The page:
Small is beautiful. The tiny industries in India are not so tiny in terms of their overall weightage in the economy. There are 63 million microenterprises in India. They contribute 14% to the GDP. They account for 45% of the manufacturing output and 40% of the country’s exports. Above all, their share in the country’s employment (excluding those in the construction sector) is 11%. They may be small but taken together they are not insignificant.
But the small is sick. Between 2010 and 2015, employment in non-farm microenterprises (excluding construction) grew from 108 million to 111.3 million, a compound annual growth rate of a pathetic 0.6%.
This is one of the main findings of a report brought out by the Center for Sustainable Employment (CSE) together with Global Alliance for Mass Entrepreneurship (GAME). The report titled, ‘Microenterprises in India: A Multidimensional Analysis’, authored by researchers Amit Basole of CSE and Vidya Chandy of GAME was released on 16 October 2019. When the country is crippled by a creeping economic slowdown and the government struggling with major measures to revive the economy, such a report offering a well-documented analysis and suggesting useful steps to overcome the employment crisis in such a crucial sector of the economy could not have been timelier.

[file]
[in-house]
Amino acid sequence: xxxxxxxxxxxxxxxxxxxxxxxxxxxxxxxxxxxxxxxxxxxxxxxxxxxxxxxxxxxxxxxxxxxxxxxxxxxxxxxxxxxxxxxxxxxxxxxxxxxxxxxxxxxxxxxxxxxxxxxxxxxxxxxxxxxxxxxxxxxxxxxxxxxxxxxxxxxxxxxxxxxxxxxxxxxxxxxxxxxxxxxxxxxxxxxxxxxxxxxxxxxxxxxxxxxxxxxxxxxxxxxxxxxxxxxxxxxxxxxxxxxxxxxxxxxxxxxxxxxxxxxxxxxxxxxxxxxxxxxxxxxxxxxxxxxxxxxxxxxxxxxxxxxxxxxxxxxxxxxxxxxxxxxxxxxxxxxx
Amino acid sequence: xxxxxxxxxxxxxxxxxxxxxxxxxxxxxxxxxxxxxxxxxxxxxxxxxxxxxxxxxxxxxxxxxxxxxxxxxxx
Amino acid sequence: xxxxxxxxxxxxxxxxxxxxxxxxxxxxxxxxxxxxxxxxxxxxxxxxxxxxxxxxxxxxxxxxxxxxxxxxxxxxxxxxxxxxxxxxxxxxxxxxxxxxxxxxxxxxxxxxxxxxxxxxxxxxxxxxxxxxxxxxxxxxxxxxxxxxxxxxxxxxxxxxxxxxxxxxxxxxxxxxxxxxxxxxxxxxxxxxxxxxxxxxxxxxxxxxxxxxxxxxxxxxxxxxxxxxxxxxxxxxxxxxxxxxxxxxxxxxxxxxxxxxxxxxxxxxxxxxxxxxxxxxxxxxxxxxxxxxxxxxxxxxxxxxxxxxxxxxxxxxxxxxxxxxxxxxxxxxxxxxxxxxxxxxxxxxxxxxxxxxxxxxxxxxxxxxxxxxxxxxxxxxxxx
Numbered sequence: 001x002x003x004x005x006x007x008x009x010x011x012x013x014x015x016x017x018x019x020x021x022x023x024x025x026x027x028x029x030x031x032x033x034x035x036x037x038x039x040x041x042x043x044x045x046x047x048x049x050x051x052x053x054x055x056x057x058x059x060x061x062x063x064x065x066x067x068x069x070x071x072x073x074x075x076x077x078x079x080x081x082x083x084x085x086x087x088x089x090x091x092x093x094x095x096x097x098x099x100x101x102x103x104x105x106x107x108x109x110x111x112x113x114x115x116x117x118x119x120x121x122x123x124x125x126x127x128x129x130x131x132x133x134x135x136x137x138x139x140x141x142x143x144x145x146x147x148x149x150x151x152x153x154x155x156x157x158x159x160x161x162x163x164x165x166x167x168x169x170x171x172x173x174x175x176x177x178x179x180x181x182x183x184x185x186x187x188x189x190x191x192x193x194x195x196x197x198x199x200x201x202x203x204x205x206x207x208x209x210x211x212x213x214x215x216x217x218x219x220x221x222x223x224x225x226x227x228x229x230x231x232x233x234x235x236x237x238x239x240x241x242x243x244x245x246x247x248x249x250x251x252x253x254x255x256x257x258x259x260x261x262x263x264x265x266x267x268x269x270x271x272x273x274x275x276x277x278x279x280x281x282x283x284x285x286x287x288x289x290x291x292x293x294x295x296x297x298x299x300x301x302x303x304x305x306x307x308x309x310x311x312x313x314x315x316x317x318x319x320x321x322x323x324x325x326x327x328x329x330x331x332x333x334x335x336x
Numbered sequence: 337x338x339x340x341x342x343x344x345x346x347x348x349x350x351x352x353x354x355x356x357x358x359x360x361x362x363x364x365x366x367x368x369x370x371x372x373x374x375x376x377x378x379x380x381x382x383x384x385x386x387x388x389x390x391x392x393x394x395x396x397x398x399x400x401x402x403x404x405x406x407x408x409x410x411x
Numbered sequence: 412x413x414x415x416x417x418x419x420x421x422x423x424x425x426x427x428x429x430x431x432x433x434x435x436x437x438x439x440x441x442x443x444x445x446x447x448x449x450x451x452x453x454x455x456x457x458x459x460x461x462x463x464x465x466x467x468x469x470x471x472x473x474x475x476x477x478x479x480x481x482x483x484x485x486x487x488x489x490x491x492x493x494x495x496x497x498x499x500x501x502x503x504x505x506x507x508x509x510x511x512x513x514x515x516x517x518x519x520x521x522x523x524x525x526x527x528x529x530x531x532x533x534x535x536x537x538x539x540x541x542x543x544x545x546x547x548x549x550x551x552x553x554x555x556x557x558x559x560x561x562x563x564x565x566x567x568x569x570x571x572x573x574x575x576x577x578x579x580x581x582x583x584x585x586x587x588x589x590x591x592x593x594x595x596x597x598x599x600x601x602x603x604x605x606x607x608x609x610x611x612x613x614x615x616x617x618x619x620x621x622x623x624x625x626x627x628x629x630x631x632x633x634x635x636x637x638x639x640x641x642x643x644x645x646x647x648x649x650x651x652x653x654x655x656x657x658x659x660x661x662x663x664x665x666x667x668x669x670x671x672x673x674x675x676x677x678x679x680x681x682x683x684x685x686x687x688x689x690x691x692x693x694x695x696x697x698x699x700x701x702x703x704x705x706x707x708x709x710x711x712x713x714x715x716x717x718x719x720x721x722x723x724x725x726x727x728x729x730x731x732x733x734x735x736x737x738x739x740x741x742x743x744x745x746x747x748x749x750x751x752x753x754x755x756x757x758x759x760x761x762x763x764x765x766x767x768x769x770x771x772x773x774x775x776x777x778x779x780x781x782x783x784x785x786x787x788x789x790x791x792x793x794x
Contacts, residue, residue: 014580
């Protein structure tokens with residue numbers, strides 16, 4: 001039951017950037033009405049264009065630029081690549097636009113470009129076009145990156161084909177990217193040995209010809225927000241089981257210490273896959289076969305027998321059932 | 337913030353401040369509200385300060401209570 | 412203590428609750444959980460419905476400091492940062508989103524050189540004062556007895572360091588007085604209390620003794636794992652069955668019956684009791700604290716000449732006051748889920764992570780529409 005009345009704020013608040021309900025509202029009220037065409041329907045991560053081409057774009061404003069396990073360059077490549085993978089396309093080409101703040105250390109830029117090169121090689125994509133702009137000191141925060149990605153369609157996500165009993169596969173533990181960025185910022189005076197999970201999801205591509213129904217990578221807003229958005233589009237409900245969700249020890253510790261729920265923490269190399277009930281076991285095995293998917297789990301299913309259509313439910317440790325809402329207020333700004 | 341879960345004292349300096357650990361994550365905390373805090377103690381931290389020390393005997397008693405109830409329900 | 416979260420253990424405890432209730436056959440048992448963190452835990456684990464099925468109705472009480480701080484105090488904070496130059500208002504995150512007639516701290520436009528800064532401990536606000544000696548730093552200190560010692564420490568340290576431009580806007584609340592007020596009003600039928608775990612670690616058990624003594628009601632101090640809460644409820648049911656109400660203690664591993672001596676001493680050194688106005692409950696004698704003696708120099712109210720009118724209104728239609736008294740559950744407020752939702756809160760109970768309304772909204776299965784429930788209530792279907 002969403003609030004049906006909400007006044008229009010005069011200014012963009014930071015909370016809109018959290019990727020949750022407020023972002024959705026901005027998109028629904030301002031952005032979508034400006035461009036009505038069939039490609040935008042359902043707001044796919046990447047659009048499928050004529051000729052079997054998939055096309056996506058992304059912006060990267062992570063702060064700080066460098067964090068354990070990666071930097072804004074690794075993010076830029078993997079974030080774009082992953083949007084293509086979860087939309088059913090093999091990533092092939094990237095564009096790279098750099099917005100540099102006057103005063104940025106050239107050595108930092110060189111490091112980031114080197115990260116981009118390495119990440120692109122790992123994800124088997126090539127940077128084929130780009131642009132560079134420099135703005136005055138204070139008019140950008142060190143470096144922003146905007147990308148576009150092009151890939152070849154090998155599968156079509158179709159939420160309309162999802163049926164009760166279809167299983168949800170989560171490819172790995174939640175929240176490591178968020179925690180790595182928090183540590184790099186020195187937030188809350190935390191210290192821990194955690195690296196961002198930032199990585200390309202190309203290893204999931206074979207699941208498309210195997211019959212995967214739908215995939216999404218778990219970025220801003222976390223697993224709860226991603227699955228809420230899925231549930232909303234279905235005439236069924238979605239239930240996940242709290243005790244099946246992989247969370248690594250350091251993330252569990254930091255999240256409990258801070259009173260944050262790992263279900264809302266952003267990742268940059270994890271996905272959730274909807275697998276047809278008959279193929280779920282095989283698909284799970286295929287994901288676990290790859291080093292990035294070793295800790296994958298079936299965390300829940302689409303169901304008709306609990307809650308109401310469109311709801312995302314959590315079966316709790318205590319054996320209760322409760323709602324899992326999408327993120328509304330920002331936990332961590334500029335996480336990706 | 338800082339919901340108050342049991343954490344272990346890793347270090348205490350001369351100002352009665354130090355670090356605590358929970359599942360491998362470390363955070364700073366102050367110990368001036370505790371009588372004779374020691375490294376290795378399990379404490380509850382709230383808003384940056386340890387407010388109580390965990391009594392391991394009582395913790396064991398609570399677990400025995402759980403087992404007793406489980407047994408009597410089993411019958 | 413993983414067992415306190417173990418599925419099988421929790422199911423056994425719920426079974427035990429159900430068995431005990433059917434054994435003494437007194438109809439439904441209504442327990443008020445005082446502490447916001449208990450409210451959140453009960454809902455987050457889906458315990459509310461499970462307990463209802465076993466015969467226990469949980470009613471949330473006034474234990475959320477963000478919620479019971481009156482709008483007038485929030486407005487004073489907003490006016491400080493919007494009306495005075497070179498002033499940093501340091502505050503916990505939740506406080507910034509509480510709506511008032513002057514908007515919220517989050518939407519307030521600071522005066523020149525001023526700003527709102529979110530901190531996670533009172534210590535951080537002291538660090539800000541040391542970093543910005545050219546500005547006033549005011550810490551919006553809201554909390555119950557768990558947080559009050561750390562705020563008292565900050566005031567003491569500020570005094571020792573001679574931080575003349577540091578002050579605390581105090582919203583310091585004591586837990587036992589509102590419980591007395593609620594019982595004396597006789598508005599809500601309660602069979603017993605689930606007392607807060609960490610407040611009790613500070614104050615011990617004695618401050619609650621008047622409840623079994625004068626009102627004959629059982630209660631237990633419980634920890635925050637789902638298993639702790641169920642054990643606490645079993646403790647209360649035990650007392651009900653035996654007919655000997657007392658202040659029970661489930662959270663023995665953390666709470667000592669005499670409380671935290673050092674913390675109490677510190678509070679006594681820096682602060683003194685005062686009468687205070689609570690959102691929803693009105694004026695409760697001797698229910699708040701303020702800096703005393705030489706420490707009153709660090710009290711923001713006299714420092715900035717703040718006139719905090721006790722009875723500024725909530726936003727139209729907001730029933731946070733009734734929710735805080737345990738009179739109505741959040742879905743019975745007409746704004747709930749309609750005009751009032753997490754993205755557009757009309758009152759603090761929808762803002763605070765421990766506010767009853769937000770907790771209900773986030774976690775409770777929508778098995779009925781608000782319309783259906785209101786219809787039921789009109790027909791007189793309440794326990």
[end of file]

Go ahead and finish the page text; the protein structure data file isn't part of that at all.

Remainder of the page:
MSME is an engine of growth
The MSME sector, of which microenterprises comprise more than 95%, has been widely acknowledged as the main engine of growth in the Indian economy. A report with meticulous fact-based analysis showing that this sector could create hardly 6 lakh jobs per year between 2010 and 2015 and the trend more or less continued ever since as against Modi’s promise of creating 1 crore jobs per year in 2014 is really a wake-up call. The MSME employment potential remained stagnant and Modi’s promise remained a mirage. It is time to act on war footing. It is not just a matter of GDP numbers but a question of livelihood for millions.